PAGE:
Alas, though. Every silver lining seems to have a cloud and the battle is not yet won. As it happens, while women are now evaluated just as positively as men leaders for behaving assertively in their leadership role–women leaders who are tentative or submissive are rated much more negatively than are tentative or submissive men who lead. Leaders frequently fake their confidence and strength, but if a woman is seen as doing that, reactions they get are worse than those accorded to men.

The researchers used 185 participants (47% female, average age 28.3 years, either undergraduate students or graduates from an Australian university) who were told they were participating in a study on effective communication. The participants read a transcript of a speech (on climate change) which was identified as being given by an Independent (non-party-affiliated) candidate for national office. They were told the speech was given by a female (Annette Hayes or Susan Hayes) or a male (David Hayes or Andrew Hayes).

The speech itself was written in either an assertive voice (indicating dominance, confidence and strength) or a tentative voice (indicating deference, hesitancy, and a lack of confidence). After reading the transcripts, the participants rated the candidate’s likability and influence (i.e., how persuasive they were and therefore how likely to convince others of their position). They also rated the leaders on agency (i.e., how dominant, forceful and confident they were) and communality (i.e., how friendly, sensitive and warm they were).

Assertive female leaders were rated more likable than tentative female leaders but there was no difference in likability between the assertive and tentative male leaders. Further, while there was no difference in likability between assertive male and assertive female leaders, tentative males were more likable than tentative females.

Assertive female leaders were significantly more influential with participants than were the tentative female leaders. There was no difference in influence exerted on participants between the assertive and tentative male leaders. Further, while participants saw no difference in influence by the assertive women and assertive men leaders, they saw the tentative man as more influential than the tentative woman.

In other words, say the authors, women in political leadership will only be as effective as men if they are always confident, strong and decisive. When their behavior deviates from these male-stereotypic leadership ideals, they will be punished far more than their male counterparts. A follow-up study found the same pattern. The authors summarize their findings as follows:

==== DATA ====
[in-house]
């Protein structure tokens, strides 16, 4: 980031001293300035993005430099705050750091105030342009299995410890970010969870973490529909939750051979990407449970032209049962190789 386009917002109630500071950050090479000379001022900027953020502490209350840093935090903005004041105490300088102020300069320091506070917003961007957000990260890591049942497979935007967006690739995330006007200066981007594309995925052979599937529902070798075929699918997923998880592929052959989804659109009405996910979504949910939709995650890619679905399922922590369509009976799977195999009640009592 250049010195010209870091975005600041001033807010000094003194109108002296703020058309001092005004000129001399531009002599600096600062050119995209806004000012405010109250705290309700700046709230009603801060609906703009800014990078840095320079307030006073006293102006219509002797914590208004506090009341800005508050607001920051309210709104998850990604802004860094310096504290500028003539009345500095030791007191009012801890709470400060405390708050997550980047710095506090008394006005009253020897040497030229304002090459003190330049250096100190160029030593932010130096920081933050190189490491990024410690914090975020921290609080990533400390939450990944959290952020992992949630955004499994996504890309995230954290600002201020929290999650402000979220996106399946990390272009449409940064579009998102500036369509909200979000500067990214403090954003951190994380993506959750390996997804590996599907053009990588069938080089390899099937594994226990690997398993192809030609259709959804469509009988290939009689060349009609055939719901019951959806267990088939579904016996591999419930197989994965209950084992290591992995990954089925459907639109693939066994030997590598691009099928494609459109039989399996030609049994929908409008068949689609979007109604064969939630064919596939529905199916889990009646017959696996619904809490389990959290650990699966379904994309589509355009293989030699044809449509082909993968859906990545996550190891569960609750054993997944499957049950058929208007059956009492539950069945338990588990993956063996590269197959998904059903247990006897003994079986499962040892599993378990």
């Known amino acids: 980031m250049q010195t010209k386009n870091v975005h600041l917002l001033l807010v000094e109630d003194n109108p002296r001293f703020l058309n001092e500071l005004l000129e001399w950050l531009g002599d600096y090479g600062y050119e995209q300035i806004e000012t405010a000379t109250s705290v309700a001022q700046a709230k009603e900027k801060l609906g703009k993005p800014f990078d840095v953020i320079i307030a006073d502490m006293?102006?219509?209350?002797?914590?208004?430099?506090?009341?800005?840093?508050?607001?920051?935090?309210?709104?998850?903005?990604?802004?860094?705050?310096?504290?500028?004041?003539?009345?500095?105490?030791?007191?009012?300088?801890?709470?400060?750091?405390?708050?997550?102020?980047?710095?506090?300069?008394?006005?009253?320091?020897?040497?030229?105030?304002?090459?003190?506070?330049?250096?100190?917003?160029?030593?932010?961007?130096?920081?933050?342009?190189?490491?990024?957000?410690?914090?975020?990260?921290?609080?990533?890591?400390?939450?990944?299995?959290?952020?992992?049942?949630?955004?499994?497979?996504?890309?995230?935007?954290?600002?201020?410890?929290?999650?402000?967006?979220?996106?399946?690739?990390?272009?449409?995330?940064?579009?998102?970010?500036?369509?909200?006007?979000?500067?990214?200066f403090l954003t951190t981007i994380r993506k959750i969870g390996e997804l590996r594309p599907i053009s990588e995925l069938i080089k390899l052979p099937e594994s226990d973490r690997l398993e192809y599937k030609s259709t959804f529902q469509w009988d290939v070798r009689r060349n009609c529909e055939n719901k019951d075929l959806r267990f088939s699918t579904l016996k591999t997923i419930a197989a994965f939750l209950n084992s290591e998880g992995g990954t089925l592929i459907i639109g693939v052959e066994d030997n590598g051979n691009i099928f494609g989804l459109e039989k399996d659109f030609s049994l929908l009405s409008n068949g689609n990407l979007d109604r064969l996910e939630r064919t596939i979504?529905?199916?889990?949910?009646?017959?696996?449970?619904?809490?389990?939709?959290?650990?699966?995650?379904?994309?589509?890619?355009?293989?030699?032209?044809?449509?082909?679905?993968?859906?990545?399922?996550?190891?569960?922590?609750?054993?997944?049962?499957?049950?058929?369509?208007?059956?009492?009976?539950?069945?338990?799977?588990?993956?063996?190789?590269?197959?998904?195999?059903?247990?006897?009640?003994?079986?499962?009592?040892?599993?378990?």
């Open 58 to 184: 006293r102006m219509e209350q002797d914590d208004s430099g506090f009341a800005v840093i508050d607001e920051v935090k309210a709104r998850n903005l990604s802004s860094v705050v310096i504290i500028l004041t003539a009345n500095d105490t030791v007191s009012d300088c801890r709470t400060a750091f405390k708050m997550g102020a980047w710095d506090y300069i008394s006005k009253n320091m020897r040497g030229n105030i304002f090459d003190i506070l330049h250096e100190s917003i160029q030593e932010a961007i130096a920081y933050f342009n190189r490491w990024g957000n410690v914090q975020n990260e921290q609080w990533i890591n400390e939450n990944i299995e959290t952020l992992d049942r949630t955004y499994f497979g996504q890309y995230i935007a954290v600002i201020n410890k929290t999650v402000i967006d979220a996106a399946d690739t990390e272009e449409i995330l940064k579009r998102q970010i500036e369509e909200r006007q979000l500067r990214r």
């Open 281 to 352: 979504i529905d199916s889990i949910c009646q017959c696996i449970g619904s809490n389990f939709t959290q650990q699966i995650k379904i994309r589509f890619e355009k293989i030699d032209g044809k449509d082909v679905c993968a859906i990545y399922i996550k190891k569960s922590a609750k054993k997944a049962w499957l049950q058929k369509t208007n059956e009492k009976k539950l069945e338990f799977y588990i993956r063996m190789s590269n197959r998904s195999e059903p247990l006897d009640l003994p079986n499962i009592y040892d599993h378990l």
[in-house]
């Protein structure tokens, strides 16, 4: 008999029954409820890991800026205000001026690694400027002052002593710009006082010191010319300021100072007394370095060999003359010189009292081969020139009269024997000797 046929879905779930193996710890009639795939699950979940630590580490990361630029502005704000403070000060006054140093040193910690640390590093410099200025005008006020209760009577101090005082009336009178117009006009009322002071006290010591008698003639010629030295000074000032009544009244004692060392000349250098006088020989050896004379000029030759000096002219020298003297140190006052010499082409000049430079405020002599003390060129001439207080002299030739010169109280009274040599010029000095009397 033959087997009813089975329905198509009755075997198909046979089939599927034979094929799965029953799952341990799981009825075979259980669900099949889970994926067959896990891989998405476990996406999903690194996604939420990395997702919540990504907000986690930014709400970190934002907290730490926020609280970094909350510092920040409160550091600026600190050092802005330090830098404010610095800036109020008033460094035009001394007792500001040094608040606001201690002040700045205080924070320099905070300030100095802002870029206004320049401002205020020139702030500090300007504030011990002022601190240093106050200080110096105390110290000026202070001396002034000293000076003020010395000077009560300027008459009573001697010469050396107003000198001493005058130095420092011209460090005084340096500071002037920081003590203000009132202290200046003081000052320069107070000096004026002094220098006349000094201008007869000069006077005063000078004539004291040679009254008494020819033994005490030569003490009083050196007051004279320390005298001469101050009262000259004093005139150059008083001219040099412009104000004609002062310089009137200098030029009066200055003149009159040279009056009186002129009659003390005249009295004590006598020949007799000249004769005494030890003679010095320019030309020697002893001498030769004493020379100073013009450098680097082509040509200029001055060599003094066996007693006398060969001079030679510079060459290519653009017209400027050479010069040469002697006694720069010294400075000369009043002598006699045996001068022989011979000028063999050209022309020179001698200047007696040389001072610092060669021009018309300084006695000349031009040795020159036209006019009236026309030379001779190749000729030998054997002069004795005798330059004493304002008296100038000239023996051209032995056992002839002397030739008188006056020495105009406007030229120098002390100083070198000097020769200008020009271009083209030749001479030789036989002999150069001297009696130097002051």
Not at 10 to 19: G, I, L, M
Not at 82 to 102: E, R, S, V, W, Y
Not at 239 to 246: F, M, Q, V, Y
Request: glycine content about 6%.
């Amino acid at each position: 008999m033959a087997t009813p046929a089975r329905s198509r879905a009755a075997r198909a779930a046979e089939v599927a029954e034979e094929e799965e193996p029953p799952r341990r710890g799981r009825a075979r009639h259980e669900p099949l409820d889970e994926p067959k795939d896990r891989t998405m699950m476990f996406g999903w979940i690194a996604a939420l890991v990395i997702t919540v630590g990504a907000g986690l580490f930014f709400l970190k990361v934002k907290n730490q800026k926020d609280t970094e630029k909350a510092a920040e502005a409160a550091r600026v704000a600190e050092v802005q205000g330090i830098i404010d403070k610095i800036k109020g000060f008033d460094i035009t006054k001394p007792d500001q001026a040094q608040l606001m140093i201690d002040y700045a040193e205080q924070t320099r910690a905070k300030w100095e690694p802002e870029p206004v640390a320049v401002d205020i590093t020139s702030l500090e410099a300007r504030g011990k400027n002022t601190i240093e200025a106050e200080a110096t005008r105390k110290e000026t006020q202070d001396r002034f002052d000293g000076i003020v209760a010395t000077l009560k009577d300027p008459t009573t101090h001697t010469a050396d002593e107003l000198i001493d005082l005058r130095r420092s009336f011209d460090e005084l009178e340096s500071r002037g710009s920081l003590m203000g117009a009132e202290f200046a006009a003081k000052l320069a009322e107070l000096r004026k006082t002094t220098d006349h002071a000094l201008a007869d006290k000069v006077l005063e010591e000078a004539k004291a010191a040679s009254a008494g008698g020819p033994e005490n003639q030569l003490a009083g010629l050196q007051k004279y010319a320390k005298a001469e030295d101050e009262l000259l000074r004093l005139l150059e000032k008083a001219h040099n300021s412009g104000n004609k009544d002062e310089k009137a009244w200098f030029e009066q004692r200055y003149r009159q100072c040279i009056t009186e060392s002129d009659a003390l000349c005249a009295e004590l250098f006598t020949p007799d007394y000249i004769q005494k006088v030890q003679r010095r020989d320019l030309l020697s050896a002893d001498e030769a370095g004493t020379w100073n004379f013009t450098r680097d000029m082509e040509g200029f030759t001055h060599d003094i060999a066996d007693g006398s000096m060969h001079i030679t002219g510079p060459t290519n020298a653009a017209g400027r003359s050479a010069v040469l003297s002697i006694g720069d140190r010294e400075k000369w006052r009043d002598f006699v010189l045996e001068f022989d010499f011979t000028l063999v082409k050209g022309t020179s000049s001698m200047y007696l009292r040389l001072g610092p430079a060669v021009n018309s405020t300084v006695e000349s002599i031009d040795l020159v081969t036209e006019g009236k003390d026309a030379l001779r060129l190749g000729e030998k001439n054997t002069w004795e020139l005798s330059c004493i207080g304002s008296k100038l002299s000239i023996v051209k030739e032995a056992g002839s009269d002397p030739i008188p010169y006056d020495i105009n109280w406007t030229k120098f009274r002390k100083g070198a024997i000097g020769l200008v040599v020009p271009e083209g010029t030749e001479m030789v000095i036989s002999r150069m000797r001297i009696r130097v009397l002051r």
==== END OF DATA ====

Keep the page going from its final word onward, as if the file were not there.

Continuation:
“Based on men’s continued dominance in positions of power, expectations of women to show unwavering signs of confidence and strength will provide a considerable challenge. While a few women will be able to meet this expectation, the majority who cannot remain disadvantaged, with men avoiding similar penalties for equivalent non-agentic behaviors. Therefore, this subtle form of prejudice towards women demands our attention and effort if gender equality is to be achieved.”

It’s a societal double standard recently highlighted by Jon Stewart on the Daily Show. When male leaders display emotion– even inappropriate emotion– it is often celebrated. When women display even a little emotion, it is interpreted very negatively. It’s a good thing to keep in mind as you consider the behavior and leadership potential of male and female attorneys. We are all subject to bias– until we pay attention to it. Merely by being conscious of its potential, it can become a much smaller problem.

Bongiorno, R., Bain, P., & David, B. (2013). If you’re going to be a leader, at least act like it! Prejudice towards women who are tentative in leader roles. British Journal of Social Psychology DOI: 10.1111/bjso.12032

Image

Share

invisible gorilla 2014We’ve written about change blindness (also known as inattentional blindness) before and it’s probably best known as including those experiments with the invisible gorillas. My personal favorite is the one where researchers hid their gorilla in brain scans and had radiologists review the slides. (And social science researchers wonder why professionals like radiologists usually just say NO when asked to participate in their research…)

Today though, we are talking about another (often maligned) area–that of eyewitness identification. It is well-known that eye-witness testimony is often inaccurate even though jurors usually pay close attention to testimony by a witness who “saw it with my own eyes!”. Canadian researchers used 180 undergraduate students (129 women, average age 19.9 years) and had them view two different videos after instructing them to take the role of an eye-witness and pay close attention to what they saw in the videos.